Safety Tips That Protect Your Identity
Consumers who take precautionary steps to protect themselves and their identity, and are proactive in their approach to combat identity fraud, are less likely to have their personal information stolen and misused.
Javelin Strategy & Research recommends that consumers follow a three-step approach to minimize their risk and impact of identity fraud.
1. Keep Personal Data Private
- On your social networking profiles, do not contain any personal information that your bank or other company would use to confirm your identity (such as mother’s maiden name, place of birth, name of pet, etc.).
- Use a trusted and secure Internet connection (not a public Wi-Fi hotspot) when transmitting personal or financial information.
- Online login credentials for financial accounts and other important accounts should follow safe password practices by not using easily guessed passwords (such as password1, abc123, a pet name, or a nickname).
- Stay safe offline by keeping personal and financial records securely locked away.
2. Look for Security Features
- Use privacy settings on social networking sites to control who is able to access personal profile information.
- When paying online, does the website list . . . ?
- “https” in the URL, not just http at the start of the merchant’s web address? (e.g,. https://www.store.com) This denotes a secure site.
- Shows a bright green box and padlock graphic in the address bar of most browsers. Check for either one of these before entering personal or payment information.
- Install anti-virus and anti-malware software on your computer, and keep it updated along with applications, browsers, and operating systems.
3. Stop Before You Share
- Ask yourself?
- Who is asking for the information? Why do they need it? How is the information being used?
- It is okay to say “NO”.
- If an organization asks you for your Social Security number to validate your identity, request another question
- If volunteering information, ask yourself if you have more to gain or more to lose by sharing personal and unnecessary details.
- Do not respond directly to requests for personal information or account information online, over the phone, in an email, or through my mobile device. Sometimes fraudsters will reach out to consumers through email, phone numbers, or SMS messages in an attempt to get account or personal information.)
- Opt out of preapproved credit offers.
- Call 1-888-5-OPTOUT (1-888-567-8688) or visit www.optoutprescreen.com to be removed from credit card applications and other mail that contain personal information.
4. Be Proactive
In 2012, 50% of fraud was detected by the victims who were actively protecting themselves. By monitoring accounts online at bank and credit card websites, consumers can more quickly detect if they are a victim of identity fraud and stop it early.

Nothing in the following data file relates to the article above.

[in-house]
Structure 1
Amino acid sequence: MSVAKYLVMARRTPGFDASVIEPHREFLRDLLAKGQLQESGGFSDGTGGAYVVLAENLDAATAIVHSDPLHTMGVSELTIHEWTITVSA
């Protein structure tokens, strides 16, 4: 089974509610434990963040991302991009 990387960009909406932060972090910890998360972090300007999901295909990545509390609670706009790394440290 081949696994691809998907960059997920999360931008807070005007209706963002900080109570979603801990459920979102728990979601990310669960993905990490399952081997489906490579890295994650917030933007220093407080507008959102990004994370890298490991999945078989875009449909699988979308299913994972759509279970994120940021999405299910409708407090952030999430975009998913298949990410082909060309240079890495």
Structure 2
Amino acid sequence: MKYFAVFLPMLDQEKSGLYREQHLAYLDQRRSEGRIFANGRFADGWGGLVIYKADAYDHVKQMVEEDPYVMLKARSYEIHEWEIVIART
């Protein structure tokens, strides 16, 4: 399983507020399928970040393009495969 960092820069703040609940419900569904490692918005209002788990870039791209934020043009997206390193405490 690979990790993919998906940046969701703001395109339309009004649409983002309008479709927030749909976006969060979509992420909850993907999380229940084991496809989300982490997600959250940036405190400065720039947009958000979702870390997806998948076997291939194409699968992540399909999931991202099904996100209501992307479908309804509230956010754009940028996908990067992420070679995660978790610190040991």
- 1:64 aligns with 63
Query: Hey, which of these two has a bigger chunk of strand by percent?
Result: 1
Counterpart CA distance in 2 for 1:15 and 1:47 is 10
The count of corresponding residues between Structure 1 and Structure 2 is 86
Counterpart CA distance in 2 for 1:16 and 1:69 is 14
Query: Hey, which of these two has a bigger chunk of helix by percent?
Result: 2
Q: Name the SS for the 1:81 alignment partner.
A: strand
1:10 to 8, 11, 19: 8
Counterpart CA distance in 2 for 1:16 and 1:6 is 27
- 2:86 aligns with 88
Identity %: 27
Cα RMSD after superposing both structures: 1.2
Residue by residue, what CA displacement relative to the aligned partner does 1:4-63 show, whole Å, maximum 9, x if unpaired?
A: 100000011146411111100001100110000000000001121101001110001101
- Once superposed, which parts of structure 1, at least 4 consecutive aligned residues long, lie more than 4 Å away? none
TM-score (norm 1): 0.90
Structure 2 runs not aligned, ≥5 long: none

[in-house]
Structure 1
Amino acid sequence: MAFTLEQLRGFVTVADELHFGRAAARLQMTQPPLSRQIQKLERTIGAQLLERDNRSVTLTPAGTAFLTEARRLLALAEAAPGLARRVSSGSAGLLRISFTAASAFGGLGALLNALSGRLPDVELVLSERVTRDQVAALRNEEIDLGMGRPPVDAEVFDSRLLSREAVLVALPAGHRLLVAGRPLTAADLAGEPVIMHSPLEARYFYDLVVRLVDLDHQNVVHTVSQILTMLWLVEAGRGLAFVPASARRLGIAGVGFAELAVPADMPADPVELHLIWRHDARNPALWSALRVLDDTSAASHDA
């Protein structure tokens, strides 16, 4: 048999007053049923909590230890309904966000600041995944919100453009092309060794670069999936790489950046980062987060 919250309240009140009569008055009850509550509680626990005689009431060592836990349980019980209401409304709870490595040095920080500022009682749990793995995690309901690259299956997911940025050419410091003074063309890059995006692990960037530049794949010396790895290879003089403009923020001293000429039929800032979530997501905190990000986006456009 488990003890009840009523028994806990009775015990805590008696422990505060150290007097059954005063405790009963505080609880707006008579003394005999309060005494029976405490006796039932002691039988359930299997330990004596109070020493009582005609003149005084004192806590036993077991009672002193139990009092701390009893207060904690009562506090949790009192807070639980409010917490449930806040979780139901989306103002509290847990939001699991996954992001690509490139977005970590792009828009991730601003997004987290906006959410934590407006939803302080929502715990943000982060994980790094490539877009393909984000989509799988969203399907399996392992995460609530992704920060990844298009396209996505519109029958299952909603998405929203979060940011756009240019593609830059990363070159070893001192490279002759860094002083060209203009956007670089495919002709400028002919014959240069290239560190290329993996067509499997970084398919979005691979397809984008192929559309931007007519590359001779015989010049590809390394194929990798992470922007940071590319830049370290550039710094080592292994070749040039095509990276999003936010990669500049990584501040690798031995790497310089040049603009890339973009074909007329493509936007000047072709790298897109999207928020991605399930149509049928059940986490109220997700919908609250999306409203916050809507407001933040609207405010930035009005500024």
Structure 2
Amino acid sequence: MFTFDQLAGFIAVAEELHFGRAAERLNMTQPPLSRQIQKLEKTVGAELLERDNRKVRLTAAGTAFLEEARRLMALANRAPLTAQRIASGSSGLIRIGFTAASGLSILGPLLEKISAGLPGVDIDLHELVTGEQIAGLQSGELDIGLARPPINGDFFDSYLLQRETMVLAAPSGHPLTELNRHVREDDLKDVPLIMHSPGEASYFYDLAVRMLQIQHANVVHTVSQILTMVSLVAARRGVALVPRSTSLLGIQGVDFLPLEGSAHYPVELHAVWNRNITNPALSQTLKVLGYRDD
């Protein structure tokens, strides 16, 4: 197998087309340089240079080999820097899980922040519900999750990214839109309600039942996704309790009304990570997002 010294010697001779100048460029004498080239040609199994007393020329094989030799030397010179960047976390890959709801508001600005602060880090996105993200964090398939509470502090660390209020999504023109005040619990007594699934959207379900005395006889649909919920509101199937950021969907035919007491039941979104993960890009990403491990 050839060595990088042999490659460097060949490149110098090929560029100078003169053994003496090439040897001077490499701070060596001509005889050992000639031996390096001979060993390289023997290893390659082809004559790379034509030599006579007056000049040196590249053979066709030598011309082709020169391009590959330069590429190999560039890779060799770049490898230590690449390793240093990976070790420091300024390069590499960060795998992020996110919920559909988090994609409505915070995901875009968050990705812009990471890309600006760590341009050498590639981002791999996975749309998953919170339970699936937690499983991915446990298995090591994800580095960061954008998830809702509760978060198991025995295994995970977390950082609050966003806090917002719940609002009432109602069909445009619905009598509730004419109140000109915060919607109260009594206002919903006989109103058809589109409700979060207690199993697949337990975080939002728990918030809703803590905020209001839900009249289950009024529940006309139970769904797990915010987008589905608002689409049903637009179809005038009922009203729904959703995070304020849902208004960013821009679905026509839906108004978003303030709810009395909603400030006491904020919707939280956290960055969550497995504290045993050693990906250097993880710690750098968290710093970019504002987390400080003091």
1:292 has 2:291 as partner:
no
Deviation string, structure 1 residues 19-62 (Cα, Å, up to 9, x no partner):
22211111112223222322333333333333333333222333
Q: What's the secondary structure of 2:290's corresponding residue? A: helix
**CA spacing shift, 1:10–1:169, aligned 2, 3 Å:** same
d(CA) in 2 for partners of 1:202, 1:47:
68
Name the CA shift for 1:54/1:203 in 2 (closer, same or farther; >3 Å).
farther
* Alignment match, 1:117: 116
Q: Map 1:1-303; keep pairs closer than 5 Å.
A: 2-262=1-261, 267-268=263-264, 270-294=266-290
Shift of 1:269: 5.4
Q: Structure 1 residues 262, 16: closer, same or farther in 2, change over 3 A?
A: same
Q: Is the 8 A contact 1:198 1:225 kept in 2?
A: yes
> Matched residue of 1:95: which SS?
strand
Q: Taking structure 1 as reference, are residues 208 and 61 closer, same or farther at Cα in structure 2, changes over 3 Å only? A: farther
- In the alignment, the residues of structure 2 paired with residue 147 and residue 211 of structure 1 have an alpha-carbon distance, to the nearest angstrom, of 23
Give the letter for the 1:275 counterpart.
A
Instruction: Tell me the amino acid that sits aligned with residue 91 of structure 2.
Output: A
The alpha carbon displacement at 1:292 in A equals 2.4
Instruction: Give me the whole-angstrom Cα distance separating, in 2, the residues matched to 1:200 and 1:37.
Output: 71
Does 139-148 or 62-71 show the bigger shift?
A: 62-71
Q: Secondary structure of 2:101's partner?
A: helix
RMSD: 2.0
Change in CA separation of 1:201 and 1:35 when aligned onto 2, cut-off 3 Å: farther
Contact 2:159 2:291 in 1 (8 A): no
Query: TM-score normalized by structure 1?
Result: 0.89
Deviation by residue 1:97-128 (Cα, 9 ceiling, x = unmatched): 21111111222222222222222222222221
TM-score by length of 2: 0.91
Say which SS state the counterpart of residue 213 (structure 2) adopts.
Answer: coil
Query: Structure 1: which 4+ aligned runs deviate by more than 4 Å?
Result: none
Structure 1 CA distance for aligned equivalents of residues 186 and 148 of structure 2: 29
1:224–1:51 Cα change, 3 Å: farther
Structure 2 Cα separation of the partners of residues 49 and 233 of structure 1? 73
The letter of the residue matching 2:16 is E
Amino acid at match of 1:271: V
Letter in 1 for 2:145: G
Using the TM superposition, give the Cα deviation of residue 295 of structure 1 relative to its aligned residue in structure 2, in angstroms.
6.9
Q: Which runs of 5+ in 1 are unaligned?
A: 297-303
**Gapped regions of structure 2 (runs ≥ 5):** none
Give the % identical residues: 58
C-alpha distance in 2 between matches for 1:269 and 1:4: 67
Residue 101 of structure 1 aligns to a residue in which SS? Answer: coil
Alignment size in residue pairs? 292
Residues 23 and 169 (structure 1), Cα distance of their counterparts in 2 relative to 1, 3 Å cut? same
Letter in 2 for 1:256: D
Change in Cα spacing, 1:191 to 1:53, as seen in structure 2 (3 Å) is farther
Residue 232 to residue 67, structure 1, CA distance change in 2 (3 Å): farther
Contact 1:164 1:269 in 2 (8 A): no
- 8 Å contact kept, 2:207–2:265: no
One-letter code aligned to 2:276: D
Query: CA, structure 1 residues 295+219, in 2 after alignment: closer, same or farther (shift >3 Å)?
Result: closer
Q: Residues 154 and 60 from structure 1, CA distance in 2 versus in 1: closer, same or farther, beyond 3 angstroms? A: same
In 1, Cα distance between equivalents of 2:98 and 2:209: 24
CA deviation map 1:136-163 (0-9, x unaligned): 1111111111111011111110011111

- Monitor bank and credit card accounts at least weekly via online, mobile, ATM, or touch-tone banking.
- Sign up for security alerts to be sent to your mobile phone and/or email account so that you are notified of changes to your account or personal information. The most common method for fraudsters to take over a victim's account is by changing the physical address
- Free credit reports from each of the three major credit bureaus (staggered quarterly for year-round monitoring) are available yearly through www.annualcreditreport.comor 877-322-8228.
5. Enlist Others
3 out of 5 fraud victims did not know the source of their fraud.
- Look into services such as ID protection services, credit monitoring, fraud alerts, and credit freezes that provide extra security and convenience for those who don’t want to personally monitor their information. These services can detect potentially fraudulent information from credit reports, public records, and online activity that are difficult to track on your own.
6. Take Any Data Breach Notification Seriously
- If you receive a data breach notification, take it very seriously. 1 out of 4 fraud victims had received a data breach letter. Many who are alerted, fail to take action. We recommend you take the following steps:
- Confirm the letter is legitimate
- Take advantage of any free protection services that are offered by a financial institution or retailer
- Place a fraud alert on your credit report. A fraud alert requires lenders to make sure it is actually you applying for credit.
7. Report Problems Immediately
- Immediately contact your bank and credit card companies.
- If your bank provides fraud resolution specialists, ask for their assistance to ensure the fraud is resolved.
- Report all lost or stolen cards and/or fraudulent transactions immediately as the timing of your report of the loss or unauthorized transactions may impact the amount that you are liable for under the law.
- Contact the Federal Trade Commission to report incidents of suspected fraud or identity theft at http://www.consumer.ftc.gov/features/feature-0014-identity-theft or call 1-877-IDTHEFT (1-877-438-4338).
- Consider enrolling in a high-quality ID protection service. Victims who find that their driver’s license numbers or SSNs have been compromised should consider enrolling in ID protection services that monitor credit reports as well as non-credit-related databases for unauthorized use of stolen information.